Invisible Superstars Vol. 001 Comp
(The Secret Life of Sound; 2007)
By Craig Eley | 18 August 2007
Henry Jacobs’ 1950s audio collages, anything by Lee ‘Scratch’ Perry, Double Dee and Steinski’s “Lesson” series, John Oswald’s “Plunderphonics,” the Beastie Boys’ Paul’s Boutique (1989), Girl Talk’s Night Ripper (2006), and everything in-between: it’s a quick history of copyright violators, producers, collage artists, field recorders, and other musicians that we might now say do “mash-up” or “beat production” or “found sound” or “sound art.” It struck me that this type of music—which isn’t one type, I know, but we might generalize under the technique of “sampling”—falls into two (and surprisingly only two) categories: hip-hop and sound art. On one hand we’ve got Just Blaze, making new magic out of old grooves, and on the other hand we’ve got Jacob Smigel, collecting old tapes into soundtracks of other people’s lives. On one hand club bangers, on the other hand think pieces.
I’m generalizing here, but some of my favorite listening experiences come from albums that foreground the superficiality of such distinction. This has actually been the status quo in recent years, where the collective We has focused on hip-hop as a kind of “art” (an idea that isn’t without it’s own problems, but whatever). From Deltron 3030: The Instrumentals (2000) to Entroducing… (1996) to J Dilla’s Donuts (2000) the hip-hop producer as compositional genius is something that many hip-hop heads and casual listeners bring to the fore.
That’s why it’s so great to hear more and more interesting things happening in this post-Night Ripper world [“Cough.”—Ed.], where hip-hop producers can still be underground copyright renengades and “sound artists” can make records that sound more and more like hip-hop. Recent offering’s on the Illegal Art label like Oh Astro’s Champions of Wonder and Realistic’s Perpetual Memory Loss underscore this point, as does a compilation by Chicago-based The Secret Life of Sound Records. The comp, Invisible Superstars 001, dropped in November in a limited vinyl pressing or digital download. It’s filled with funky guitar jams, atmospheric trips, found sound samples, analog synths, and a slew of other materials pasted together into a hip-hop dreamscape by some of the underground’s most innovative producers. In a word: it’s hott. In more words: it’s a refreshing trans-genre instrumental album that’s perfect for the underground hip-hop connoisseur as well as field recording (and other types of) nerds.
Take “Romoxy,” a track from Bay Area producer Corsic, a self-proclaimed broke dude selling a CD-R on his Myspace. It’s all soul-infused piano and a jazzy shuffling beat, with a touch of synth that all work to set the scene in a near-future speakeasy. Then, out of nowhere, near the four minute-mark, an electric guitar cuts through the smoke like so many lasers in an arena rock show, charging the song for it’s final act. Sure, it will all return to where it started, that guitar a short memory that someone might have doodled on a cocktail napkin.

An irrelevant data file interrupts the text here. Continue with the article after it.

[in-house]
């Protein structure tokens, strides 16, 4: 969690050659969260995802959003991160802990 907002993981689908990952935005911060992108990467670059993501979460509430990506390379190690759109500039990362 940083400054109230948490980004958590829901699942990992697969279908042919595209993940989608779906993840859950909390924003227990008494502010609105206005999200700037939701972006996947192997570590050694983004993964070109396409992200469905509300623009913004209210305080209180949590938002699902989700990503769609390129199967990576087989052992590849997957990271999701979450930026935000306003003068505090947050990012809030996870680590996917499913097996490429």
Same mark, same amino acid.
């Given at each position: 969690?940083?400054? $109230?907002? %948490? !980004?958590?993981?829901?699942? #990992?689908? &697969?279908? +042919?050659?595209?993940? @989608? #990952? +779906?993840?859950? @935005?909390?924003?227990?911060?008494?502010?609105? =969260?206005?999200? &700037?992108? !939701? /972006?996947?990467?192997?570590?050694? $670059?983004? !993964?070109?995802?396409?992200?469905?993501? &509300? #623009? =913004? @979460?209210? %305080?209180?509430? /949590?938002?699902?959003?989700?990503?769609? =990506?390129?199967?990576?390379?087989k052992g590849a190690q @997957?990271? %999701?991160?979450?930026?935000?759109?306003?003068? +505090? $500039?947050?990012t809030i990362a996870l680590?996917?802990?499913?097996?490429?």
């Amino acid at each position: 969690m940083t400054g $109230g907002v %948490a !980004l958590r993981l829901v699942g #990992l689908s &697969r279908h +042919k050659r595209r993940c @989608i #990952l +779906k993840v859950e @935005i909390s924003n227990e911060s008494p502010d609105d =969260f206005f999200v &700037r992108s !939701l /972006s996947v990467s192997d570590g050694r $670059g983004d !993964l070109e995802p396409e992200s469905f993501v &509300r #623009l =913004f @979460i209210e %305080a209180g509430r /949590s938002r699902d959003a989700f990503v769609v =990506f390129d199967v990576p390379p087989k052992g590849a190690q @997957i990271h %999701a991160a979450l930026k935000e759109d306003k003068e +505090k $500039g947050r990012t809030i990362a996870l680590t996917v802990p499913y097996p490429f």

“Consumer” is more straightforward, with a thumping bass line and funky guitar sample swirling around with rimshots and cymbals and giving off another dark-ass future scenario, albeit with the warmth of very traditional instrumentation. I mean “funky” here, like the genre: this track is straight funk. Controller 7, the man at work here, is another Bay Area resident and Anticon favorite. He’s the one responsible for this assemblage, and as such we have him to thanks for tracks like Miles Tilmann’s “Chicken Salad Beats,” which is as silly as the name implies, a totally electronic affair with broken toy piano introduction, panning whistles, dirty synth lead, and someone laughing manically. I don’t know what was in the chicken salad, but it’s tripping Miles Tilmann the fuck out.
Not all of the tracks are instrumental, and Scott Matelic’s “Thoughtless” samples a woman singing over a rhythmic piano line that sounds a lot like CRS’ “Us Placers” from Kanye’s last mix tape. It might suffer from too much saxophone, which is a complaint that could be leveled against the comp as a whole. For all of the potential here, and all of the genre bending promised, we do end up with one relatively mundane sci-fi effects and movie sample track (Buddy Place’s “Slow Gang Funeral), and a heavy reliance on samples stolen from jazz combos. Thomas Dimuzio’s “Car Crash” bucks that trend with a minimal composition that is almost entirely void of rhythm. It’s an interesting piece filled with crickets, radio static, and digital noise.
The thing about songs like this is that you want to imagine your favorite rapper just spitting fire over the beat, Weezy or Pusha T or Doseone or Will Smith or whatever you’re into. You also might want to cue it up, chop it up, and rearrange it in your own little way—hell, rap over it yourself. This is how we do: remixes of mash-ups, dub versions of a capella tracks, recording your goddamn cat. The Secret Life of Sound Label, who says flat out on their site that “they do not believe in styles any more,” made pretty good on that claim with this collection. Go ahead and do the same. Or just buy it and play it for your friends at your next chilled out party, while still believing firmly in styles, while acting like you don’t. It’s easier to talk about music that way. You know, at parties.